A month or so ago, I was performing my biennial Organize ALL the Cupboards ritual when I discovered that I have managed to hoard enough jam and marmalade that all of it no longer fits on one shelf of my pantry. Um.... yes... My name is Stephanie, and I am a preservers hoarder.
Since realizing my er... problem...., every dessert that has been coming out of my kitchen recently has involved jam or marmalade in some form or another. It's been a lot of fun experimenting with the versatility that a really good jar of preserves affords you. So when it came time to develop a recipe for my monthly post over at Anthology, I was so excited to stumble upon a pinwheel cookie cutter at Sur La Table (don't worry--a cookie cutter, I later learned, is unnecessary for making these cookies. It just makes things faster). Finnish pinwheel cookies--known as joulutorttu--are these delightfully shaped pastry puffs filled in the centers with marmalade (or traditionally, prune jam). I found the precious shapes to be a super fun and playful change from the typical thumbprint cookies I usually turn to when looking for small, baked vessels with which to deliver jam from jar to mouth. :) I made these even more "Finnish" by making the base a rye puff pastry, and then sprinkling the tops with spicy caraway seeds. For filling, I used a variety of marmalades--any thick jam or marmalade will do.
For the recipe and more photos, click on over to the Anthology website!
Since this is a blog and all, I also feel compelled to include a small update about my life. I won't at all be offended if you skip to the cookies if this part is boring. :)
Teaching at Berkeley this semester has been utterly exhausting (I live in fear of a sudden onset heart attack or something, given the stress), but at the same time, it's been so, so rewarding that I wouldn't trade anything for this experience. If you'd asked me two, three years ago--or maybe even last year--whether I thought I'd be here, I would have laughed in your face, probably complete with some good slow-mo water-spitting action. Grad school really puts you through the ringer. It makes you military-crawl, on your belly, through morasses of sh*t. It tears you down and then sucker-kicks you when you're down for good measure. Or at least, large parts of my experience did. But on the other side now, I'm sort of grateful for all that sh*t I crawled through. Not that I would wish it on anyone else, but I feel as though I'm way stronger and far more capable now than I ever could have been without those life lessons. Everyone learns in their own way, and maybe I just needed the hard knock life route.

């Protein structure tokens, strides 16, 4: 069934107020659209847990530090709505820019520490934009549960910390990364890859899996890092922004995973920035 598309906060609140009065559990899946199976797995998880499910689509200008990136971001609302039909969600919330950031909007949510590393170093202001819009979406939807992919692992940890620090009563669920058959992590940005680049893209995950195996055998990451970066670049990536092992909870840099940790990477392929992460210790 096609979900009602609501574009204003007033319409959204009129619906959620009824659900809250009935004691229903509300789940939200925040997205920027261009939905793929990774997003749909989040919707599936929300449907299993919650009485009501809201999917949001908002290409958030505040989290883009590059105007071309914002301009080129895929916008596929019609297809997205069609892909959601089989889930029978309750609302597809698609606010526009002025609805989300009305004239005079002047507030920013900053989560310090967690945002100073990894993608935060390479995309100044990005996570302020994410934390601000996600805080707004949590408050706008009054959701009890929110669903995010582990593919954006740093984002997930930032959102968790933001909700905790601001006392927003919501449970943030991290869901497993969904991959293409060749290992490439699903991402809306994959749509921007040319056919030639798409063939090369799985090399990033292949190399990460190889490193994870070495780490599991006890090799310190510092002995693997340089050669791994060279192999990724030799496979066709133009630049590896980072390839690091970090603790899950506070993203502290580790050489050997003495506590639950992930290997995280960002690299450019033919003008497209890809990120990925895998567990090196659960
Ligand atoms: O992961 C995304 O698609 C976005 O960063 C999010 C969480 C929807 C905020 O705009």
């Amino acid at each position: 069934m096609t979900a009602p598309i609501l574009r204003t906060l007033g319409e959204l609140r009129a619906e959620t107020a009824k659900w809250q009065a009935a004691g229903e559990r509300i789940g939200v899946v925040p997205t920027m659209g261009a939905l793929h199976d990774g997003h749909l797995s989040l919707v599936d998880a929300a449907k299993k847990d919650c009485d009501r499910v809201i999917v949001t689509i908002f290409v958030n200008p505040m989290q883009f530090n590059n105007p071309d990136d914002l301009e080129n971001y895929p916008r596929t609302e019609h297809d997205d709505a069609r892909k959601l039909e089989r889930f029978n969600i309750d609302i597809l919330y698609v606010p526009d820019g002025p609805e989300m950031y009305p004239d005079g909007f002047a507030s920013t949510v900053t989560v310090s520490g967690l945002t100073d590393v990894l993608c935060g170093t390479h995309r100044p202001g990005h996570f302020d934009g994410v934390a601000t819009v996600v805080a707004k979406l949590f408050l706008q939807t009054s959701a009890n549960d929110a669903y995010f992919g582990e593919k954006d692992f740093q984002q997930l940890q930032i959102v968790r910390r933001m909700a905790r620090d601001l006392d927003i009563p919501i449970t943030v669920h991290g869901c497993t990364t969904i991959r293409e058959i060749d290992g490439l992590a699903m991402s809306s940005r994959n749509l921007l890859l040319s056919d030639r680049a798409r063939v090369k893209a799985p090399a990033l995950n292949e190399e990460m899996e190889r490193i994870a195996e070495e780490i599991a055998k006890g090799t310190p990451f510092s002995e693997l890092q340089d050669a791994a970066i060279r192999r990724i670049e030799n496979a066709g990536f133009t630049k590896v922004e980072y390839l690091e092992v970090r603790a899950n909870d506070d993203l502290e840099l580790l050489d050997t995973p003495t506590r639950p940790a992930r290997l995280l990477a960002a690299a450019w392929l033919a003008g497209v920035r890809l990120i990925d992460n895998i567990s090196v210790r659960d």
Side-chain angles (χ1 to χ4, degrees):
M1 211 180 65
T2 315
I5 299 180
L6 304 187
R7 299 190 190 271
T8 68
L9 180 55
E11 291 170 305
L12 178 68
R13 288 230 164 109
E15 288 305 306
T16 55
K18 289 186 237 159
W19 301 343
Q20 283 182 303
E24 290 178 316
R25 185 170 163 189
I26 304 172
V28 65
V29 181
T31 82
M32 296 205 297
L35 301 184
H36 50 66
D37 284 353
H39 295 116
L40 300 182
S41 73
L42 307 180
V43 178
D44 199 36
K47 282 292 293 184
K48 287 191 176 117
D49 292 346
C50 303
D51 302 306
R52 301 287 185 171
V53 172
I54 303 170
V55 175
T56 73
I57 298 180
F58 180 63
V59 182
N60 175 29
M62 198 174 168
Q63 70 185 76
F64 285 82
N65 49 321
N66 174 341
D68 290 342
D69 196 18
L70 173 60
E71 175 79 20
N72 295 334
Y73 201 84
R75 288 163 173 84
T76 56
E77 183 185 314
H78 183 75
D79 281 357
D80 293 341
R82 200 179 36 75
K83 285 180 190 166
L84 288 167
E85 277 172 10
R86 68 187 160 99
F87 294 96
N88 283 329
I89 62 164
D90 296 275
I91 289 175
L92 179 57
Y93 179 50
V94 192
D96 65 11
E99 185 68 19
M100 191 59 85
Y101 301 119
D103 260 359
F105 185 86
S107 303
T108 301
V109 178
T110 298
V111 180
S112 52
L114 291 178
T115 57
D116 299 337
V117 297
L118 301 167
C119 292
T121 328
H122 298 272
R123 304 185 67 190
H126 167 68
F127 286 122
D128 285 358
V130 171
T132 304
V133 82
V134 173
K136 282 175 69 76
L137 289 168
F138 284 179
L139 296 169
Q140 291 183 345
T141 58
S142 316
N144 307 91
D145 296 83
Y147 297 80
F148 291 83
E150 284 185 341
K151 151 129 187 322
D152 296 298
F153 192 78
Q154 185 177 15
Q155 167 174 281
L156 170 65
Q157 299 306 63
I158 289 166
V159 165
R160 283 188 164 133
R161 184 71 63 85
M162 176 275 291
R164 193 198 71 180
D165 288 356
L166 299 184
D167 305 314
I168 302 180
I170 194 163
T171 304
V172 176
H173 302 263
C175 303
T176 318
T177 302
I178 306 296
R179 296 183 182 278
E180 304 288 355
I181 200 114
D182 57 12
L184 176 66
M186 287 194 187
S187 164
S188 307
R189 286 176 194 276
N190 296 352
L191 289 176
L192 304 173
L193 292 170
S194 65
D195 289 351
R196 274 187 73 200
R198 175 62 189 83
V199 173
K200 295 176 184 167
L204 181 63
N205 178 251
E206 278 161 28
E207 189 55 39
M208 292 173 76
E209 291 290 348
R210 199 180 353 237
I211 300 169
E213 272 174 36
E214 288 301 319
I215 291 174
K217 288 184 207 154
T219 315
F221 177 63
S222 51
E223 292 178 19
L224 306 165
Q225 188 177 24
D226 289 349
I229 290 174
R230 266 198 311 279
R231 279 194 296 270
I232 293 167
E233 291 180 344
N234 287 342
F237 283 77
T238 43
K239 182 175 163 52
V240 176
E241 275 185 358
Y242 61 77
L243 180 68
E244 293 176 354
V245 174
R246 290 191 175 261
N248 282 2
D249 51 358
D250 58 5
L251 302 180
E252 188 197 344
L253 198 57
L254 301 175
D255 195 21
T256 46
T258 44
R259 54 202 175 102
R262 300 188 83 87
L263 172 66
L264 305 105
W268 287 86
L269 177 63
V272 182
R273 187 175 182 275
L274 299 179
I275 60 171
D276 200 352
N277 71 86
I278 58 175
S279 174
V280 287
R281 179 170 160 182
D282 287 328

For the past few years, after I decided to just go full-steam ahead in chasing my goals, I've lived and breathed by this Barbara Kingsolver quote:
"The very least you can do in your life is figure out what you hope for. And the most you can do is live inside that hope. Not admire it from a distance but live right in it under its roof." -- Barbara Kingsolver
Every time I look at it, that quote has reminded me and continually encouraged me to just. keep. gonig. Keep grasping for those dreams. Of course, I'm definitely not there yet--I've just climbed the foothills, but there's still the entire mountain range yet to come.
Then, a few weeks ago, I came across a new quote. It's one that I felt really resonated with the attitude I've been trying to take on in a new chapter of life. Since emerging from the cave that was grad school, I've felt like--okay, you've proved it to those four people on your committee; now it's time to convince the world. And to do that, requires more risk, more openness, more hard work, more vulnerability, and more bravery:
"In order to move others deeply, we must deliberately allow ourselves to be carried away beyond the bounds of our normal sensibility.... And surely this is no great sin." -- J. Conrad, A Familiar Preface
And the payoff could be beyond our wildest dreams.
More news soon. Stay tuned!